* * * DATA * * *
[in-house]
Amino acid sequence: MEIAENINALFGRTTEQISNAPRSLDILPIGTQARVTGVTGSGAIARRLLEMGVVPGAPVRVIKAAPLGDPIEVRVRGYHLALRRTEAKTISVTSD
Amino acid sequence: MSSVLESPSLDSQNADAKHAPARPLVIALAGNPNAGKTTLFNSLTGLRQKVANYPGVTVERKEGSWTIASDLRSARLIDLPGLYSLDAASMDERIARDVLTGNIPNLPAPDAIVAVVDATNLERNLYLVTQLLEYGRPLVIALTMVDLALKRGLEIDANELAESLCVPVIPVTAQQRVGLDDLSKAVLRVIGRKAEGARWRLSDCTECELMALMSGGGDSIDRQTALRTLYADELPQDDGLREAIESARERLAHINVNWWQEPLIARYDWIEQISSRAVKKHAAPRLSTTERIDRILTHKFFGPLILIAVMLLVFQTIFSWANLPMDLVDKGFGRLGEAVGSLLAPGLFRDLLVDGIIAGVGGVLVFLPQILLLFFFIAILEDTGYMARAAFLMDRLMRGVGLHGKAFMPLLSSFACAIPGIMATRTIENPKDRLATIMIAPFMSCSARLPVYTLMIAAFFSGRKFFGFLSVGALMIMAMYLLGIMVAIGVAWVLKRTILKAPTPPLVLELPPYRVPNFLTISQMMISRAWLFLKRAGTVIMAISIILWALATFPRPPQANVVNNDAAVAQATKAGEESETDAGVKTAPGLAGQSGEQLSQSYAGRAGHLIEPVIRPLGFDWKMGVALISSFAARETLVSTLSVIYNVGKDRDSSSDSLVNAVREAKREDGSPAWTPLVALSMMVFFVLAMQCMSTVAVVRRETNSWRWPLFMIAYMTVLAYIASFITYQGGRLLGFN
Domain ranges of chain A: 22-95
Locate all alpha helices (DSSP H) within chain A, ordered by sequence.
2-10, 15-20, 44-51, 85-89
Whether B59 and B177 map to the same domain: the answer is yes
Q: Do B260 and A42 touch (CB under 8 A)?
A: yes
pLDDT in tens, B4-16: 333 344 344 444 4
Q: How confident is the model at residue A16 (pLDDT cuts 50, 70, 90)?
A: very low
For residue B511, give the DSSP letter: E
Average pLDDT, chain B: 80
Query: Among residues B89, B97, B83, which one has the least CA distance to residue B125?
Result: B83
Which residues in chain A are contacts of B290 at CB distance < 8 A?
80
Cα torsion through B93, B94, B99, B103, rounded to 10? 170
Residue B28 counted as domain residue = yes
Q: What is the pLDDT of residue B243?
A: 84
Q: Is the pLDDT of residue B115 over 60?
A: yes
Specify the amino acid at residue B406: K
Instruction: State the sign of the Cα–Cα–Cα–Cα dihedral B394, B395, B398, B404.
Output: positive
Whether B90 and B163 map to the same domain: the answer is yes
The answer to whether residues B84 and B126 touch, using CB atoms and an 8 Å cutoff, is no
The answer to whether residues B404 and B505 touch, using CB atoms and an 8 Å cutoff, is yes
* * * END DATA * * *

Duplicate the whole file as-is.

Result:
[in-house]
Amino acid sequence: MEIAENINALFGRTTEQISNAPRSLDILPIGTQARVTGVTGSGAIARRLLEMGVVPGAPVRVIKAAPLGDPIEVRVRGYHLALRRTEAKTISVTSD
Amino acid sequence: MSSVLESPSLDSQNADAKHAPARPLVIALAGNPNAGKTTLFNSLTGLRQKVANYPGVTVERKEGSWTIASDLRSARLIDLPGLYSLDAASMDERIARDVLTGNIPNLPAPDAIVAVVDATNLERNLYLVTQLLEYGRPLVIALTMVDLALKRGLEIDANELAESLCVPVIPVTAQQRVGLDDLSKAVLRVIGRKAEGARWRLSDCTECELMALMSGGGDSIDRQTALRTLYADELPQDDGLREAIESARERLAHINVNWWQEPLIARYDWIEQISSRAVKKHAAPRLSTTERIDRILTHKFFGPLILIAVMLLVFQTIFSWANLPMDLVDKGFGRLGEAVGSLLAPGLFRDLLVDGIIAGVGGVLVFLPQILLLFFFIAILEDTGYMARAAFLMDRLMRGVGLHGKAFMPLLSSFACAIPGIMATRTIENPKDRLATIMIAPFMSCSARLPVYTLMIAAFFSGRKFFGFLSVGALMIMAMYLLGIMVAIGVAWVLKRTILKAPTPPLVLELPPYRVPNFLTISQMMISRAWLFLKRAGTVIMAISIILWALATFPRPPQANVVNNDAAVAQATKAGEESETDAGVKTAPGLAGQSGEQLSQSYAGRAGHLIEPVIRPLGFDWKMGVALISSFAARETLVSTLSVIYNVGKDRDSSSDSLVNAVREAKREDGSPAWTPLVALSMMVFFVLAMQCMSTVAVVRRETNSWRWPLFMIAYMTVLAYIASFITYQGGRLLGFN
Domain ranges of chain A: 22-95
Locate all alpha helices (DSSP H) within chain A, ordered by sequence.
2-10, 15-20, 44-51, 85-89
Whether B59 and B177 map to the same domain: the answer is yes
Q: Do B260 and A42 touch (CB under 8 A)?
A: yes
pLDDT in tens, B4-16: 333 344 344 444 4
Q: How confident is the model at residue A16 (pLDDT cuts 50, 70, 90)?
A: very low
For residue B511, give the DSSP letter: E
Average pLDDT, chain B: 80
Query: Among residues B89, B97, B83, which one has the least CA distance to residue B125?
Result: B83
Which residues in chain A are contacts of B290 at CB distance < 8 A?
80
Cα torsion through B93, B94, B99, B103, rounded to 10? 170
Residue B28 counted as domain residue = yes
Q: What is the pLDDT of residue B243?
A: 84
Q: Is the pLDDT of residue B115 over 60?
A: yes
Specify the amino acid at residue B406: K
Instruction: State the sign of the Cα–Cα–Cα–Cα dihedral B394, B395, B398, B404.
Output: positive
Whether B90 and B163 map to the same domain: the answer is yes
The answer to whether residues B84 and B126 touch, using CB atoms and an 8 Å cutoff, is no
The answer to whether residues B404 and B505 touch, using CB atoms and an 8 Å cutoff, is yes